*Proof. *Since is a matrix with , we have for any , andSince is a matrix, we have ,According to the 1-subdirect sum , we haveIn addition, from the condition that all diagonal entries of and are positive (or negative), we haveFrom inequalities (15) and (16) and equalities (17) and (18), we havethat is, , which means that .

For any , it is easy to obtain that . Therefore, we haveFor the conditionlet us multiply by on both sides of this inequality, and then add on both sides, simultaneously; multiply both sides by , in addition, and then from (17) and (18), we haveHence,Therefore, we can draw a conclusion that, for any , that is, is a matrix.

Theorem 3. *Let and be square matrices of order and , respectively, which are partitioned as in (1). Let , , where . We assume that is a matrix with , and is a matrix. If all diagonal entries of and are positive (or negative), then the 1-subdirect sum is a matrix.*

*Proof. *Since is a matrix with , we have for any , andSince is a matrix, we have inequality (16) .

From inequalities (16) and (24) and equalities (17) and (18), we havethat is, . Therefore, the proof for can be divided into two cases as follows: Case 1: if , then , which means that . For any , we have . Therefore, we obtain that Case 2: if , then , which means that . For any , we have . Therefore, we obtain that For , we have . Therefore, we obtain thatFrom Cases 1 and 2, we get that , which implies the 1-subdirect sum is a matrix.

The following Example 2 shows that Theorem 2 does not hold when .

*Example 2. *We consider the following matrices:where is a matrix and is a matrix. It is easy to verify that matrices and satisfy the condition of Theorem 2 by computation. Hence, is a matrix. However, is not a matrix. In fact,By calculation,Note that . Therefore, is not a matrix.

The following Example 3 shows that Theorem 3 does not hold when .

*Example 3. *We consider the following matrices:where is a matrix and is a matrix. It is easy to verify that matrices and satisfy the condition of Theorem 2 by computation. Therefore, is a matrix. However, is not a matrix. In fact,By calculation, is not a matrix because .

Examples 2 and 3 motivate the search for other conditions such that is a matrix, where is a matrix and is a matrix.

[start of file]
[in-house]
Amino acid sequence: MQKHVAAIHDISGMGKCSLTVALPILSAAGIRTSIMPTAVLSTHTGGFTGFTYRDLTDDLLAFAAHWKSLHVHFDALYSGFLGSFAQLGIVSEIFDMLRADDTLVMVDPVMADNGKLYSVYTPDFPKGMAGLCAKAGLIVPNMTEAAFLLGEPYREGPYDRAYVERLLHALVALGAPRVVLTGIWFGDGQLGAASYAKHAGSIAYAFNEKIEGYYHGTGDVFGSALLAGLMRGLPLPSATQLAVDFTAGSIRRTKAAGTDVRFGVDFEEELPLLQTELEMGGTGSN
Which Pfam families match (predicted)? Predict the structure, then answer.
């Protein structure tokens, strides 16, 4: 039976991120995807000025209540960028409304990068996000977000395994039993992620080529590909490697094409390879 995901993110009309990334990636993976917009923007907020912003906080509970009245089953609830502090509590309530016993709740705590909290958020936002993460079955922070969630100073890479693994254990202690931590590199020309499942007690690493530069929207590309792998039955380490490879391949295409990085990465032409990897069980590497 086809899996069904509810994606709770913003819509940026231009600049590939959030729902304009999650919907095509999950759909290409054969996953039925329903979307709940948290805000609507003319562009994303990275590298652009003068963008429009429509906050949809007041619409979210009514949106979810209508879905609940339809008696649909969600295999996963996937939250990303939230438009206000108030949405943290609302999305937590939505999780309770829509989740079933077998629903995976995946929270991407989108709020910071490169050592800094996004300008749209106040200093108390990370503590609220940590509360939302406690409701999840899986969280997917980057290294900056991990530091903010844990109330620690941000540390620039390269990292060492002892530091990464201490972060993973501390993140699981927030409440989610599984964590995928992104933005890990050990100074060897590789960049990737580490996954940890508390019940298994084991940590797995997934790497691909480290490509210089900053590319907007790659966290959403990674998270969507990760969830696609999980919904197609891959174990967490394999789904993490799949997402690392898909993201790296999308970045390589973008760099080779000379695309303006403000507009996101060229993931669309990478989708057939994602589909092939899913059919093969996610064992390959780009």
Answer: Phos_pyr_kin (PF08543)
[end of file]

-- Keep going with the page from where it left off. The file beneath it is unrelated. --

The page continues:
Next, we give some sufficient conditions ensuring that the 2-subdirect sum of matrices and matrices is a matrix.

Theorem 4. *Let and be square matrices of order and , respectively, which are partitioned as in (1). Let , , where . We assume that is a matrix with , and is a matrix. If all diagonal entries of and are positive (or negative), andthen the 2-subdirect sum is a matrix.*

*Proof. *Since is a matrix with , we getand .

Since is a matrix, we get inequality (16) .

According to the 2-subdirect sum , we getIn addition, from the condition that all diagonal entries of and are positive (or negative), we getFor any and , we haveFrom equalities (38) and (40) and inequalities (16), (36), and (42), we obtain thatSimilarly, it is easy to obtain thatThat is, , which means that .

For any , it is easy to obtain that . Therefore, we haveFrom the conditionwe haveThus,and substituting equalities (38), (39), (40), and (41) into this inequality, we obtain thatHence,Therefore, it is obvious that, for any , that is, the 2-subdirect sum is a matrix.

Corollary 1. *Let and be square matrices of order and , respectively, which are partitioned as in (1). Let , , where . We assume that is a matrix with , and is a matrix. If all diagonal entries of and are positive (or negative),then the 2-subdirect sum is a matrix.*

*Proof. *Since is a matrix with , we obtain that with inequalities (36) and (37). Since is a matrix, we obtain inequality (16) .

From equalities (38) and (40) and inequalities (16), (36), and (42), we obtain that . In a similar manner, we obtain that . That is, , which means that .

For any , it is easy to get that . Therefore, we obtain thatFor the conditionlet us multiply by on both sides of this inequality, and then add on both sides, simultaneously; multiply both sides by , in addition, and then from equations (37) and (39), we obtain that